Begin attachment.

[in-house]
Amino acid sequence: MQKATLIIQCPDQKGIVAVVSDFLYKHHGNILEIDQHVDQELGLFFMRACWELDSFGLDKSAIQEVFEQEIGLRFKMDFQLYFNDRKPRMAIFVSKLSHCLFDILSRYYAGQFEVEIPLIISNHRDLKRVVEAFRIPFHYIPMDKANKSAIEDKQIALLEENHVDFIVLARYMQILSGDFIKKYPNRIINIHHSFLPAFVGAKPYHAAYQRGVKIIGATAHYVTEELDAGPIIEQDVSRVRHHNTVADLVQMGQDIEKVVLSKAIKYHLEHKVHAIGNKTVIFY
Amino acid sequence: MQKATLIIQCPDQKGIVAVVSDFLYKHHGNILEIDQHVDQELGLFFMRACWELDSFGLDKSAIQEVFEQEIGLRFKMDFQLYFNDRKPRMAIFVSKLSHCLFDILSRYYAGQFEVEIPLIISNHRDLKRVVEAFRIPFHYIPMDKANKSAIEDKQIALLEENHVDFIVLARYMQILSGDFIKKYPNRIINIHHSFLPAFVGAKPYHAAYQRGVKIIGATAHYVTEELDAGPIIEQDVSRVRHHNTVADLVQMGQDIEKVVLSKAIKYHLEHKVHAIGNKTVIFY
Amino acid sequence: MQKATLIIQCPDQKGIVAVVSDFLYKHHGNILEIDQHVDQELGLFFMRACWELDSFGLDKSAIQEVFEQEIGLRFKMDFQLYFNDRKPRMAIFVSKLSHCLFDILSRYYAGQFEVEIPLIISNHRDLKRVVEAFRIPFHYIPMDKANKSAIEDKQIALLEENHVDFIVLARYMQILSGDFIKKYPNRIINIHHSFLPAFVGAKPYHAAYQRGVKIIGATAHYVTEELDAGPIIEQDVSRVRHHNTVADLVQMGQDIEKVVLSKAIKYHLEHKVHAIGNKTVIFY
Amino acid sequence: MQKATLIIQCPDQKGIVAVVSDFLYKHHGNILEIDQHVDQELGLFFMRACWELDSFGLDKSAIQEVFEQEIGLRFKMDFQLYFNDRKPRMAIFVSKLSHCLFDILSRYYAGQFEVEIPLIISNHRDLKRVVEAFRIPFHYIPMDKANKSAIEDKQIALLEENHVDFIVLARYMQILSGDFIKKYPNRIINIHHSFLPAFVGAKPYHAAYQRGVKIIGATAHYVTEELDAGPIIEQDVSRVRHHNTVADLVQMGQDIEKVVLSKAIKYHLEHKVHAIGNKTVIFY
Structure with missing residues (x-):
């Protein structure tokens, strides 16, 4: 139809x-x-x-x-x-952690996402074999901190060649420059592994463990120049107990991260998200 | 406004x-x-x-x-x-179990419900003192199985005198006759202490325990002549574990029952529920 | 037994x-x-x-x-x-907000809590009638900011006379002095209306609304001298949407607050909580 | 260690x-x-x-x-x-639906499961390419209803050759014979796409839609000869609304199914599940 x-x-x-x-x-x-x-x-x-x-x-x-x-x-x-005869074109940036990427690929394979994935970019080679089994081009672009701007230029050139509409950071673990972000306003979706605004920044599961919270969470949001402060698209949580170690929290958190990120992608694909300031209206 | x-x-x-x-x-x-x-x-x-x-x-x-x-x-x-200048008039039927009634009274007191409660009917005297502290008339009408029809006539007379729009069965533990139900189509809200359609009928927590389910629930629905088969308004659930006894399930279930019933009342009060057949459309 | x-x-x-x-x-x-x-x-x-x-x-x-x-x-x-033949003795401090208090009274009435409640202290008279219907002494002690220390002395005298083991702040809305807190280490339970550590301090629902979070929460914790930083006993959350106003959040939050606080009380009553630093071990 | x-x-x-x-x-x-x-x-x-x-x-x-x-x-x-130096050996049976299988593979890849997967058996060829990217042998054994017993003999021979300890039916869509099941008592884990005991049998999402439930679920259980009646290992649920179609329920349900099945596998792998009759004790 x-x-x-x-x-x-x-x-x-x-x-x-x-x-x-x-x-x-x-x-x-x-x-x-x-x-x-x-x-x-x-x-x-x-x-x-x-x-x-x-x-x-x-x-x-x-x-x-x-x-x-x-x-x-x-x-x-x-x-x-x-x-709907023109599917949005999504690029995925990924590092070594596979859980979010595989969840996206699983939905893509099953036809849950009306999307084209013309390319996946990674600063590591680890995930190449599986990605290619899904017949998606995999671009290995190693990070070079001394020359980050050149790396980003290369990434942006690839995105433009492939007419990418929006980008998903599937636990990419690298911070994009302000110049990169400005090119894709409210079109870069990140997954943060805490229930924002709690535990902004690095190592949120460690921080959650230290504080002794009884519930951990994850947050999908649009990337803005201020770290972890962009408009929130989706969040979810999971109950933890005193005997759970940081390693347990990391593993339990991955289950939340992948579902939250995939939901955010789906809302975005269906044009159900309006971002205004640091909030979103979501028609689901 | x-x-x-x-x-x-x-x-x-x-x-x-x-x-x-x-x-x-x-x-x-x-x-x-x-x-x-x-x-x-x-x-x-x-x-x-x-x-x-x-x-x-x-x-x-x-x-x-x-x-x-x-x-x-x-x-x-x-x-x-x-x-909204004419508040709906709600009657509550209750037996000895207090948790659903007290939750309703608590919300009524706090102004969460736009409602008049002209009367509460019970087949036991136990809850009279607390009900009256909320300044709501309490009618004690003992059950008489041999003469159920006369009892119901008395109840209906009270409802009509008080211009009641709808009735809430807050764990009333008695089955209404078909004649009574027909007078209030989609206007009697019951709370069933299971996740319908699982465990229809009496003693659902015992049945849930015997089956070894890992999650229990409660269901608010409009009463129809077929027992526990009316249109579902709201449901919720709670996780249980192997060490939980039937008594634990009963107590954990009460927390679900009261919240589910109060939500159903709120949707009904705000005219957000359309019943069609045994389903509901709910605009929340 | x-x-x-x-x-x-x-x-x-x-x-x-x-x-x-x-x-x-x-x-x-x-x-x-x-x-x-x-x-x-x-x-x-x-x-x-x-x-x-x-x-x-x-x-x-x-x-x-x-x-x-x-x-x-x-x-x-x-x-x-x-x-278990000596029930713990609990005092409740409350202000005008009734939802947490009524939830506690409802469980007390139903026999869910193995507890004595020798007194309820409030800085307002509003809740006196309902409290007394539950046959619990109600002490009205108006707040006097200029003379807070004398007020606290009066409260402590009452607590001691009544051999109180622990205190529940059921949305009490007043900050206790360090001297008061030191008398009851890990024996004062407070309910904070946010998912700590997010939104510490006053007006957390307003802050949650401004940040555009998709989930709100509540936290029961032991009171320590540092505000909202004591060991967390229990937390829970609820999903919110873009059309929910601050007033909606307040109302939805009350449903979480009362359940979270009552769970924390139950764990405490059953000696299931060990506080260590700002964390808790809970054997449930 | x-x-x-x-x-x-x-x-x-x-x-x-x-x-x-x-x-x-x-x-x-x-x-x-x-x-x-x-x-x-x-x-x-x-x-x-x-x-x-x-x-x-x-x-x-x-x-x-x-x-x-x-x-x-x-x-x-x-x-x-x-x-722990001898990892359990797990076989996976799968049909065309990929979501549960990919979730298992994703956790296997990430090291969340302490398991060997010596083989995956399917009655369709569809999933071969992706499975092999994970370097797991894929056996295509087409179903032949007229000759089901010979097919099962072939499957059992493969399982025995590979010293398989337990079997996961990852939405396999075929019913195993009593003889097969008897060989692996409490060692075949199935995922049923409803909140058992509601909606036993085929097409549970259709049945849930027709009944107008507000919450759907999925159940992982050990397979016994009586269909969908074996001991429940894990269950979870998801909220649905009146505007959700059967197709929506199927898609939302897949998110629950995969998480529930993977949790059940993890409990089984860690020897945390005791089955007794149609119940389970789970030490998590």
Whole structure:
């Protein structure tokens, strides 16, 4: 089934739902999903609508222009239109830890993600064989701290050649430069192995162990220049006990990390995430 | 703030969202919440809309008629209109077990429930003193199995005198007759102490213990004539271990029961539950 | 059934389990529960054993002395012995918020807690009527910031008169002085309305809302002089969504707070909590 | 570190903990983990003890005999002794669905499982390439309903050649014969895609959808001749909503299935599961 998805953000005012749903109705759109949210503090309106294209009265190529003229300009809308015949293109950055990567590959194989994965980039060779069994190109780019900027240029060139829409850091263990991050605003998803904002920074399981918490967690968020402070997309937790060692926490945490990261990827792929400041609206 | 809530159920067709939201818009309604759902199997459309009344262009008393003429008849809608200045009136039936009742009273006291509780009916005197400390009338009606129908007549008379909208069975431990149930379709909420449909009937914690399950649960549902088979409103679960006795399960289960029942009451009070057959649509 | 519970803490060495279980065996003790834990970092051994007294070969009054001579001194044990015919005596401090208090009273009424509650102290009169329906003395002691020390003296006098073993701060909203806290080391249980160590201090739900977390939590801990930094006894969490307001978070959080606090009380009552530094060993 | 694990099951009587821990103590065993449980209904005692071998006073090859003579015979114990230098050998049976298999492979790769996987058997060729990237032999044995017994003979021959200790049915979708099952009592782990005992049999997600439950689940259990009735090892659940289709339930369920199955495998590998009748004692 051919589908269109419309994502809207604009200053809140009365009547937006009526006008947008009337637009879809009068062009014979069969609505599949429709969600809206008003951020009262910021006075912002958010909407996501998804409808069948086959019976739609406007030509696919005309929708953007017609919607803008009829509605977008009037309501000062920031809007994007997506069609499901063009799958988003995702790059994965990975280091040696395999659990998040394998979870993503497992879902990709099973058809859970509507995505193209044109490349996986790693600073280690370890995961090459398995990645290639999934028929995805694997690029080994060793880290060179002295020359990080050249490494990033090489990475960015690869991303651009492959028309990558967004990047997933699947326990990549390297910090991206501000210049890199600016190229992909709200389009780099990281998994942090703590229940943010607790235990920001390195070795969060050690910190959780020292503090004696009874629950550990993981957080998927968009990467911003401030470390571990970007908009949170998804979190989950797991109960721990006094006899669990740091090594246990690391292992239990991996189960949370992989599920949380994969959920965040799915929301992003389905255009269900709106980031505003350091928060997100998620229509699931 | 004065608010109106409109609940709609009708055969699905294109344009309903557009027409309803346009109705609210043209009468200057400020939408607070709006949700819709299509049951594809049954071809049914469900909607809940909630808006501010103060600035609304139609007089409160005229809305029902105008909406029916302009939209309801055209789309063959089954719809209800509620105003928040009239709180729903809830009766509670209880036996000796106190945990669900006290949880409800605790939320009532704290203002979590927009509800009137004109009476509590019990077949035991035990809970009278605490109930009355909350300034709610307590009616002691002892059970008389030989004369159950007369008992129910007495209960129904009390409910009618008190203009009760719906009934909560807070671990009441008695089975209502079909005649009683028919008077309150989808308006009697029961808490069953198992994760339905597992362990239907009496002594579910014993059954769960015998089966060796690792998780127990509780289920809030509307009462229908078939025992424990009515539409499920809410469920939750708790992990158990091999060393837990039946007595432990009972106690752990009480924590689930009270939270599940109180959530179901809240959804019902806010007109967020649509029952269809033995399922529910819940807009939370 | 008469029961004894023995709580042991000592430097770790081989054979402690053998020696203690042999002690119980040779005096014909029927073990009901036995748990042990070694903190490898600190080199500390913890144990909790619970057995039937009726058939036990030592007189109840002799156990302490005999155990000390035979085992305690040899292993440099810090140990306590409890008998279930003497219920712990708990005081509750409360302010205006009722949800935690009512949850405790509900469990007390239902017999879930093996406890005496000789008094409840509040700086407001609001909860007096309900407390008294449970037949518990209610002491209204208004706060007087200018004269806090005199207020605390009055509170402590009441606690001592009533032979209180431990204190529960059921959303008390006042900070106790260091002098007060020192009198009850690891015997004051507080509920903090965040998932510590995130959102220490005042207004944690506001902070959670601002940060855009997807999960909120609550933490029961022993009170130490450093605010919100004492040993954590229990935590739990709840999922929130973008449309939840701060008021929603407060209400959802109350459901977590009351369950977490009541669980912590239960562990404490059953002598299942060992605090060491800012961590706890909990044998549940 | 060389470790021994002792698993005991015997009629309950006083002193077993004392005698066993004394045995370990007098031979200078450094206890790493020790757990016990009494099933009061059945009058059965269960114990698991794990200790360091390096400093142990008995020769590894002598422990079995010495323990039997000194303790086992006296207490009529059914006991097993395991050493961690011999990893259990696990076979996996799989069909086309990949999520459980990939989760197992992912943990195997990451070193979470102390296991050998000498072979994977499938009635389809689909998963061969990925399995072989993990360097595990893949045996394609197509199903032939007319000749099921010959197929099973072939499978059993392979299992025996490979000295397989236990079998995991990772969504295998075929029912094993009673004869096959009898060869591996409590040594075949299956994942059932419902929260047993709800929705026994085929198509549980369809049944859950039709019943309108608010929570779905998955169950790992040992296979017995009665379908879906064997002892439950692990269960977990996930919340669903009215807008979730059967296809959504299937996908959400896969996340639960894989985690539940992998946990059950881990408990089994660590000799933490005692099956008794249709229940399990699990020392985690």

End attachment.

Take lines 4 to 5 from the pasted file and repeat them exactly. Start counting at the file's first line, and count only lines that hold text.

Amino acid sequence: MQKATLIIQCPDQKGIVAVVSDFLYKHHGNILEIDQHVDQELGLFFMRACWELDSFGLDKSAIQEVFEQEIGLRFKMDFQLYFNDRKPRMAIFVSKLSHCLFDILSRYYAGQFEVEIPLIISNHRDLKRVVEAFRIPFHYIPMDKANKSAIEDKQIALLEENHVDFIVLARYMQILSGDFIKKYPNRIINIHHSFLPAFVGAKPYHAAYQRGVKIIGATAHYVTEELDAGPIIEQDVSRVRHHNTVADLVQMGQDIEKVVLSKAIKYHLEHKVHAIGNKTVIFY
Amino acid sequence: MQKATLIIQCPDQKGIVAVVSDFLYKHHGNILEIDQHVDQELGLFFMRACWELDSFGLDKSAIQEVFEQEIGLRFKMDFQLYFNDRKPRMAIFVSKLSHCLFDILSRYYAGQFEVEIPLIISNHRDLKRVVEAFRIPFHYIPMDKANKSAIEDKQIALLEENHVDFIVLARYMQILSGDFIKKYPNRIINIHHSFLPAFVGAKPYHAAYQRGVKIIGATAHYVTEELDAGPIIEQDVSRVRHHNTVADLVQMGQDIEKVVLSKAIKYHLEHKVHAIGNKTVIFY